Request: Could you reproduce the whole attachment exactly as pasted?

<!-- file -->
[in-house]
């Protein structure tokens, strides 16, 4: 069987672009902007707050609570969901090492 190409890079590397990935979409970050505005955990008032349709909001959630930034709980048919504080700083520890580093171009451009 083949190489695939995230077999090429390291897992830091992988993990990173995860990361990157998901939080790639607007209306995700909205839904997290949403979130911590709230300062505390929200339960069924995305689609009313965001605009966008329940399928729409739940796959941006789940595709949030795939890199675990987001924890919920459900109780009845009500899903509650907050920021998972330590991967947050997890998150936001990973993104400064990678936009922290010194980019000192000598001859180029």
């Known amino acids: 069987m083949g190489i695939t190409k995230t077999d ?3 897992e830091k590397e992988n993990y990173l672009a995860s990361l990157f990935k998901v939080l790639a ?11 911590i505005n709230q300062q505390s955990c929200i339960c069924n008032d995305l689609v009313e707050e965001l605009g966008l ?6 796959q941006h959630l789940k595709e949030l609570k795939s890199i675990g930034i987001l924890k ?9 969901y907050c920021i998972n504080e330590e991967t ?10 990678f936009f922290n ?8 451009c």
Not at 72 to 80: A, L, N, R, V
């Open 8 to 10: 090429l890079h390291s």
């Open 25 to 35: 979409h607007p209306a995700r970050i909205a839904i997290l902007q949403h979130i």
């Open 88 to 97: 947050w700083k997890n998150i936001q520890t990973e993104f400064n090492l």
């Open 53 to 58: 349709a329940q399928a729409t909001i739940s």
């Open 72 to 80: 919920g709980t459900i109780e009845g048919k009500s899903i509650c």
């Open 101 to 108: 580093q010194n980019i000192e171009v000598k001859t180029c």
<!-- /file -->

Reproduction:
[in-house]
């Protein structure tokens, strides 16, 4: 069987672009902007707050609570969901090492 190409890079590397990935979409970050505005955990008032349709909001959630930034709980048919504080700083520890580093171009451009 083949190489695939995230077999090429390291897992830091992988993990990173995860990361990157998901939080790639607007209306995700909205839904997290949403979130911590709230300062505390929200339960069924995305689609009313965001605009966008329940399928729409739940796959941006789940595709949030795939890199675990987001924890919920459900109780009845009500899903509650907050920021998972330590991967947050997890998150936001990973993104400064990678936009922290010194980019000192000598001859180029």
């Known amino acids: 069987m083949g190489i695939t190409k995230t077999d ?3 897992e830091k590397e992988n993990y990173l672009a995860s990361l990157f990935k998901v939080l790639a ?11 911590i505005n709230q300062q505390s955990c929200i339960c069924n008032d995305l689609v009313e707050e965001l605009g966008l ?6 796959q941006h959630l789940k595709e949030l609570k795939s890199i675990g930034i987001l924890k ?9 969901y907050c920021i998972n504080e330590e991967t ?10 990678f936009f922290n ?8 451009c």
Not at 72 to 80: A, L, N, R, V
């Open 8 to 10: 090429l890079h390291s």
């Open 25 to 35: 979409h607007p209306a995700r970050i909205a839904i997290l902007q949403h979130i």
């Open 88 to 97: 947050w700083k997890n998150i936001q520890t990973e993104f400064n090492l």
């Open 53 to 58: 349709a329940q399928a729409t909001i739940s």
């Open 72 to 80: 919920g709980t459900i109780e009845g048919k009500s899903i509650c």
């Open 101 to 108: 580093q010194n980019i000192e171009v000598k001859t180029c």